1:1 Digital Access Powers Through HMHS

Photo Credit: bhphotovideo

Photo Credit: bhphotovideo

Photo Credit: bhphotovideo

Kathryn VanArnam, Contributing Writer

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An ongoing technological debate has made its way through the Haddonfield School District, yet never truly been addressed. Arguments on both sides seem to be equally valid, yet it is important to eventually discuss the issue, which is…Chromebooks.

Chromebooks were first introduced to the middle school two years ago and have since filtered to the freshman and sophomore classes at HMHS. After two years of implementation questions still persist: are they effective and helpful to students’ learning process? How can they be efficient when only half of the school has access to them? These are some of the questions we will try to answer. 

These devices will soon be mainstreamed throughout the Haddonfield School District, but how helpful are they? The truth is they improve learning in multiple ways. For those who have them, it helps organize information, saves paper, opens new websites to learn from, and more. Encore Data, an education-based marketing website,  observes that Chromebooks help share ideas and make it easy for students to transfer work from school to home. These devices also improve students’ technological skills which are very important, considering how quickly society is advancing. Encore Data also points out how easily teachers are able to observe and comment on work, giving them more time to spend on improving students’ knowledge. Griffin Adams, a freshman, expands on the benefits, “Chromebooks in the middle school helped me a lot and made learning a lot easier because I had resources at my fingertips, I think that Chromebooks will be beneficial to everyone. Although connection is not always good and there are slight problems, the pros outweigh the cons. We think of it as normal when really it is a privilege to have them.”  Adams makes a good point: many schools are not fortunate enough to even consider Chromebooks, which makes the spat over their significance seem ridiculous. 

Although Chromebooks were previously introduced as perfect, they have a hidden menace behind their pristine surface. According to WVEA.org, an education-based association, focused on improving the quality of public school learning- the average teen spends at least nine hours on devices every day. This can severely harm one’s brain, especially a teenager who’s mind is still developing. Chromebooks only contribute to this issue as students use them in every class. Economictimes.com reports that prolonged screen time leads to extreme anxiety and possible depression. This along with daily school and social media stress skyrockets the chances of students experiencing anxiety. According to this website, not only do devices heighten anxiety, but they also shorten one’s attention span. Everything on the internet is fast and one click away, lowering patience for non-electronic (i.e. human) things. 

In addition, Chromebooks seem to be financially ineffective. Ann Haas, a sophomore, expresses her opinion of how unhelpful Chromebooks truly are. She elaborates, “I don’t think that we need Chromebooks because the teachers barely use them and it’s a waste of money because a lot of students already have their own computers and there are computers in the library, the money could be better spent.” A study by the Pew Research Center states that 88% of teens have access to laptops at home, making Chromebooks seem quite unnecessary. As well as this Chromebooks lay out an extra expense that, as Haas pointed out, could be put towards a more important cause.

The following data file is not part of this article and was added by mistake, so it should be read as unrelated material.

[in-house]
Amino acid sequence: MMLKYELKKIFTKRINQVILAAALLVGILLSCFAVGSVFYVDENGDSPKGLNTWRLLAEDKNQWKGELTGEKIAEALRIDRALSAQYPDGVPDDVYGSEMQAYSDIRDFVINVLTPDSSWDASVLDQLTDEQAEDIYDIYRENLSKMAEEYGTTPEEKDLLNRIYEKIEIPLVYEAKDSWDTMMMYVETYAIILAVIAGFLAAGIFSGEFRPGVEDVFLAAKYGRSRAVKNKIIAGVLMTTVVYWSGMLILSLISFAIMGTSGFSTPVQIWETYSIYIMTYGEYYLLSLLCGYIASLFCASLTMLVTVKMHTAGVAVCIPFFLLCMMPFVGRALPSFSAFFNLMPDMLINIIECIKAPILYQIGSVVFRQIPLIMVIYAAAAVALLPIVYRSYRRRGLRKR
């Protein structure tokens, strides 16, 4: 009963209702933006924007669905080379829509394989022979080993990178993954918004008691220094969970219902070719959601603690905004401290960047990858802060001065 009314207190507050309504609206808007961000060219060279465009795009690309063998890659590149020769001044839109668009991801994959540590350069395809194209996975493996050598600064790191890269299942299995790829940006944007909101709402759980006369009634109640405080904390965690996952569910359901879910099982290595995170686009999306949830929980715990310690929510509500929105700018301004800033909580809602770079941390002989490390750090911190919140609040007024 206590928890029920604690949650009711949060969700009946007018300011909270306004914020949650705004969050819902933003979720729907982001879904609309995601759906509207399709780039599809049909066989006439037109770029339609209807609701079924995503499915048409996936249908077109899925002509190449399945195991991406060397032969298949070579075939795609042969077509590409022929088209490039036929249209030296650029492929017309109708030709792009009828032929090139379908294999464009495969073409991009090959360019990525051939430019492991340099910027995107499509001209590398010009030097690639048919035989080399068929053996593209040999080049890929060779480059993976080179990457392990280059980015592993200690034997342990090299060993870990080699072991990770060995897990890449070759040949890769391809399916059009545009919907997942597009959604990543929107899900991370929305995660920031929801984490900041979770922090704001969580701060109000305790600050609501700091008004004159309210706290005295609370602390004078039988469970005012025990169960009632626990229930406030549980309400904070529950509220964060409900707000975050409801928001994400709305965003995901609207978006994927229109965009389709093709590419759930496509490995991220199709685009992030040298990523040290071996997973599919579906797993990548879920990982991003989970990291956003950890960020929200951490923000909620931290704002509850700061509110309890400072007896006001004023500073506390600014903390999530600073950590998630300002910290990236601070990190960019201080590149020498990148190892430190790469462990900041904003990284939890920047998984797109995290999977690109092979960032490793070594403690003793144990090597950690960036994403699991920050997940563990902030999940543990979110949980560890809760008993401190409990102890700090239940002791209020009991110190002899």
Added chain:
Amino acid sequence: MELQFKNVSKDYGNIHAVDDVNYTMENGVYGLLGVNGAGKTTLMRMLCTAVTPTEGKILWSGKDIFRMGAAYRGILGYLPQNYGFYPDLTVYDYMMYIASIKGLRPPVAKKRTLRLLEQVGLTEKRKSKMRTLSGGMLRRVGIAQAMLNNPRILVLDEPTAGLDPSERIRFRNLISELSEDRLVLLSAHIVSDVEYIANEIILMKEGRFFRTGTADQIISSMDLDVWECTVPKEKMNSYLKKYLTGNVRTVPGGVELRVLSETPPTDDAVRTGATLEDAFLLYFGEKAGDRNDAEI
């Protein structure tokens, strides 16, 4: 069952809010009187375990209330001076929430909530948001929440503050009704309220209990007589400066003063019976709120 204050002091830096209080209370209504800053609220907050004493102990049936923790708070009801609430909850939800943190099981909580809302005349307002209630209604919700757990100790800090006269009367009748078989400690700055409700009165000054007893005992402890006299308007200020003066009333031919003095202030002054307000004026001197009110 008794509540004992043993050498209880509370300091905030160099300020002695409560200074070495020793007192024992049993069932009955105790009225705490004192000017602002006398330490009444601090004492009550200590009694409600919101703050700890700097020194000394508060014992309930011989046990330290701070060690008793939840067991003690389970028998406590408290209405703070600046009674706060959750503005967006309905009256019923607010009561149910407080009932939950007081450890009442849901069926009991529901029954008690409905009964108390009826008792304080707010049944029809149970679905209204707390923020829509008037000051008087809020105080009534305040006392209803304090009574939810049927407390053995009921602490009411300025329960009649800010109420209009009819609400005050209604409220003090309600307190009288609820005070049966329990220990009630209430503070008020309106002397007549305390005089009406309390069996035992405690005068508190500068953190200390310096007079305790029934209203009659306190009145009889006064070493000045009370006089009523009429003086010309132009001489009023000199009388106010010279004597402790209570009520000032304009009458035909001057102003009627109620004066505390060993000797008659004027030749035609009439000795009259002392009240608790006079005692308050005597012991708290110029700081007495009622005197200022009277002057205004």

To those who have learned with Chromebooks for several years, they become a normal basis for education. Yet the point of view of those who have never used Chromebooks is important to consider as well. They can provide the benefits and downfalls of not being accustomed to using paper rather than technology. Katie Poliero, a junior, describes her experience and perspective of Chromebooks, “When I first heard about freshmen getting Chromebooks, I was a little upset because I felt like life would’ve been a lot easier having a Chromebook, I found myself running to the library sometimes between periods to go to a computer or having to format something on my phone and it being weird. However, beyond the purposes of what I can get done in the computer lab during my study halls their not as necessary as they seem.” Poliero expresses the idea of Chromebooks being a magical phenomenon, but are they everything they are made out to be? They might not be. NPR.org, a news website, has evidence from a study explaining that taking notes by hand is more effective for memorization and focusing on main ideas. Two scientists performed an experiment by showing a TED talk to a group of college students. The students who used laptops took more notes but performed much worse when tested. This suggests that high school students that did not use constant technology would score better on major tests such as SATs, yet this is unknown for the revolution of technology in education is just beginning. 

Technology is progressing at a rapid rate and has found its way into education across the world. It becomes more consistent in Haddonfield with the use of Chromebooks, making everything a click away. These devices have been addressed as advancements to our learning as well as useless objects that hold us back. Regardless of what the opinion on Chromebooks is, there is one consensus, we are living in a technological society. There is nothing we can do to halt the world from using devices in their everyday life. The question is do we as a school want to embrace this change or not? That is for you to decide.

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